A prominent opposition figure and former finance minister in a previous government of national unity, Tendai Biti, said that the military’s power grab — which he called a coup — was illegal but that it offered the country an opportunity to move forward after years of incompetent and corrupt government.

Southern African leaders who were terrified by the military takeover, he said, but could play an important role by pushing for a new inclusive transitional government.

“Every second that turns into an hour and that turns into a day strengthens the hand of those who are in power,” Biti said. “That’s why we have to make sure we negotiate a road map back to a transitional government and democracy.”

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One complicating factor is that the envoys sent by the South African president — the minister for state security and the minister of defense and military veterans — are not viewed as having the stature to help Mugabe and the military reach a compromise.

Biti said that it would require an African elder statesman with clout, such as former Nigerian President Olusegun Obasanjo, to convince Mugabe that reinstatement as president is not an option.

“Zuma has to up his game,” he said. “They have to come up with a solution that doesn’t encourage other coups in future and ensure that there’s a sustainable road map in Zimbabwe.”

“The Robert Mugabe I know will not resign,” Biti said. “Mugabe is going to dig in.”

At the center of the dramatic impasse is Mugabe’s luxury mansion in the lush suburbs of Harare, built by the Chinese government and popularly known as the “Blue House” because of its deeply hued roof of blue Chinese tiles.

Mugabe, his wife, Grace, and a small contingent of his presidential guard have been staying there. He traveled to the official presidential office for Thursday’s meeting, then returned to the mansion.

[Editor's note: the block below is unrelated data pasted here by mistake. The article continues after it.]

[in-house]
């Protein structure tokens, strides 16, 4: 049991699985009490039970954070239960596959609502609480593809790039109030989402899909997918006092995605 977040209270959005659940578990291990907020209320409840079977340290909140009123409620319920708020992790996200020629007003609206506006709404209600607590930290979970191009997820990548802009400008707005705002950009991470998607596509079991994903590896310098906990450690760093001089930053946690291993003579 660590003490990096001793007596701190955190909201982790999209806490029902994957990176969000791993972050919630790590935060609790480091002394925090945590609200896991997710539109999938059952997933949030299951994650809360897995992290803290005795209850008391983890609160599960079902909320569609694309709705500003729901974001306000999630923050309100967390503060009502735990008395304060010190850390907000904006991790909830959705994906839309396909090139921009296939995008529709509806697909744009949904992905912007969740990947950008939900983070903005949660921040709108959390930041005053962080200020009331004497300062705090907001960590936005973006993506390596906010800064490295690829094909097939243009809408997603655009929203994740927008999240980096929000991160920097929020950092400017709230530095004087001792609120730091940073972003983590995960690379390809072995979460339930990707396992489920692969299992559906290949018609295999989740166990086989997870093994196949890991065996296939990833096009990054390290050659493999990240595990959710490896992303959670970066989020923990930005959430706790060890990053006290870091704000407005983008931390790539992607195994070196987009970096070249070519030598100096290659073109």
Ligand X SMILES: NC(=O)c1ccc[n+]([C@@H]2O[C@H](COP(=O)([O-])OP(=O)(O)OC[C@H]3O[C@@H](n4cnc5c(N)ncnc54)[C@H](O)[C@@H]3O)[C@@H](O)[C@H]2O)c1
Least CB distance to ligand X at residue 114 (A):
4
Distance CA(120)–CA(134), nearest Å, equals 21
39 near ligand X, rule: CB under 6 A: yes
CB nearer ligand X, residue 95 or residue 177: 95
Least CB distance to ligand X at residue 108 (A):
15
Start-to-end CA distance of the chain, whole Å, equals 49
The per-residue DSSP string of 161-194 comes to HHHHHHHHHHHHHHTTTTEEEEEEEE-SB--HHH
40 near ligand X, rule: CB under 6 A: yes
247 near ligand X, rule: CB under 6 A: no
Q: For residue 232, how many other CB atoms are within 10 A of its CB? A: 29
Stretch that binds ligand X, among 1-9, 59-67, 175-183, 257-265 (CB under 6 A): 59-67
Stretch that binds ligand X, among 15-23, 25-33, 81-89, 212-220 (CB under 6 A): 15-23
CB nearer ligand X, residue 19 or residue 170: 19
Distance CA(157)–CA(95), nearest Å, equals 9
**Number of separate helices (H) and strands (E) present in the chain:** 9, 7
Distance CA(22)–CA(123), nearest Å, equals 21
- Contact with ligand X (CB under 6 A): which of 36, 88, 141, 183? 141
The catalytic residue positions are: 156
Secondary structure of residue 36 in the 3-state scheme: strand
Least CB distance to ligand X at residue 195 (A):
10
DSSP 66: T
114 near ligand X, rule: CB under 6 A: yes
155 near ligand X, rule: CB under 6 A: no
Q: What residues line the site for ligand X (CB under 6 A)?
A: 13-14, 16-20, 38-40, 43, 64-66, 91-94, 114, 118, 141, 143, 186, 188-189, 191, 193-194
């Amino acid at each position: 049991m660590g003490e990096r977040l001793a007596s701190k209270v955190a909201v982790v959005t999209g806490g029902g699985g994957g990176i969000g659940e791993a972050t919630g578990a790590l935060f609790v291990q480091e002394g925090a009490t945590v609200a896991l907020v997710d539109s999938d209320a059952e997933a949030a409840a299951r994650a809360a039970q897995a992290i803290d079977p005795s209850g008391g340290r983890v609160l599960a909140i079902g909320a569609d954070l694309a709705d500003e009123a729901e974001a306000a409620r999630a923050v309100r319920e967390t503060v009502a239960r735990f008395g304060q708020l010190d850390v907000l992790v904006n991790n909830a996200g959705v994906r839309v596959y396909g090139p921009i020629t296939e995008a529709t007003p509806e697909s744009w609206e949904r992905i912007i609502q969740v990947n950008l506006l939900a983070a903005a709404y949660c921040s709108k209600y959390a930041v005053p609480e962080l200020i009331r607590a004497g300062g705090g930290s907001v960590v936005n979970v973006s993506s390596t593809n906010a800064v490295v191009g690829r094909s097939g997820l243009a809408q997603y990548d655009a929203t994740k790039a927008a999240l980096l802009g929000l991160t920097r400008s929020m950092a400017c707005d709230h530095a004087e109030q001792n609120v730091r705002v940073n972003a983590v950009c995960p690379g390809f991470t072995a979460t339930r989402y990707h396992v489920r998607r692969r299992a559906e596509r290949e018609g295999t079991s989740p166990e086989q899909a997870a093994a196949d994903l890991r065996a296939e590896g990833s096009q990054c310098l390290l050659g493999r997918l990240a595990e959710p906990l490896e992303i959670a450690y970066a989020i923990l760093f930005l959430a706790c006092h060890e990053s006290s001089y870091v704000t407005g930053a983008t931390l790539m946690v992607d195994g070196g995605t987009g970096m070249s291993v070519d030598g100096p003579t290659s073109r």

Several key Mugabe loyalists, accused by the military of being “criminals,” were reportedly being held in cells at the military headquarters.

They included police commissioner Augustine Chihuri, deputy head of the Central Intelligence Organization Albert Ngulube, Finance Minister Ignatius Chombo, Higher Education Minister Jonathan Moyo, political commissar Saviour Kasukuwere and head of the ruling party youth league Kudzanai Chipanga.

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In a apology to the military that was televised Wednesday, Chipanga begged Chiwenga and other generals to forgive him for an earlier statement attacking them.

On Thursday, opposition leader Morgan Tsvangirai called on Mugabe to resign immediately and for the establishment of a transitional government that include members of the opposition.

His statement notably avoided criticizing the military seizure of power and instead expressed gratitude to commanders for “the commitment to peace and the sanctity of human life by the Zimbabwe Defense Forces, including respect for citizens’ fundamental rights.”

robyn.dixon@latimes.com

@RobynDixon_LAT


UPDATES:

3:05 p.m.: This article has been updated throughout with staff reporting on political developments and analysis.

This article was originally published at 7:05 a.m.